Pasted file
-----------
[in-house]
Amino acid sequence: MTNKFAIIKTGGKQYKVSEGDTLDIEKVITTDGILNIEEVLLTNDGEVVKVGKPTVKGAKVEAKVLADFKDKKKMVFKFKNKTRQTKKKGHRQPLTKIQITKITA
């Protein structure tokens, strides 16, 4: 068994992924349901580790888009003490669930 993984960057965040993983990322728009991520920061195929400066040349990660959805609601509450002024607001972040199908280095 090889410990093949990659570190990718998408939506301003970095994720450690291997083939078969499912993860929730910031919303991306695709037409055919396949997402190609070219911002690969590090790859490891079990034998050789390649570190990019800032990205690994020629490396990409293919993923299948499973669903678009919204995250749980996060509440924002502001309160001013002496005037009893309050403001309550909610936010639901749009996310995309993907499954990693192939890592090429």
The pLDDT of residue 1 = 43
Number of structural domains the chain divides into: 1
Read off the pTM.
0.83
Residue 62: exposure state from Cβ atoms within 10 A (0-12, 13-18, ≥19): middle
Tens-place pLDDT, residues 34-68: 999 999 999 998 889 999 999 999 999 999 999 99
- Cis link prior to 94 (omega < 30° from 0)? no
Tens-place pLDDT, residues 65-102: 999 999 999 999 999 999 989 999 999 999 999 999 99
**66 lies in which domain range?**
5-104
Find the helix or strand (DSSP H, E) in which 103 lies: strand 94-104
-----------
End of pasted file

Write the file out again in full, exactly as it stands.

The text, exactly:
[in-house]
Amino acid sequence: MTNKFAIIKTGGKQYKVSEGDTLDIEKVITTDGILNIEEVLLTNDGEVVKVGKPTVKGAKVEAKVLADFKDKKKMVFKFKNKTRQTKKKGHRQPLTKIQITKITA
């Protein structure tokens, strides 16, 4: 068994992924349901580790888009003490669930 993984960057965040993983990322728009991520920061195929400066040349990660959805609601509450002024607001972040199908280095 090889410990093949990659570190990718998408939506301003970095994720450690291997083939078969499912993860929730910031919303991306695709037409055919396949997402190609070219911002690969590090790859490891079990034998050789390649570190990019800032990205690994020629490396990409293919993923299948499973669903678009919204995250749980996060509440924002502001309160001013002496005037009893309050403001309550909610936010639901749009996310995309993907499954990693192939890592090429």
The pLDDT of residue 1 = 43
Number of structural domains the chain divides into: 1
Read off the pTM.
0.83
Residue 62: exposure state from Cβ atoms within 10 A (0-12, 13-18, ≥19): middle
Tens-place pLDDT, residues 34-68: 999 999 999 998 889 999 999 999 999 999 999 99
- Cis link prior to 94 (omega < 30° from 0)? no
Tens-place pLDDT, residues 65-102: 999 999 999 999 999 999 989 999 999 999 999 999 99
**66 lies in which domain range?**
5-104
Find the helix or strand (DSSP H, E) in which 103 lies: strand 94-104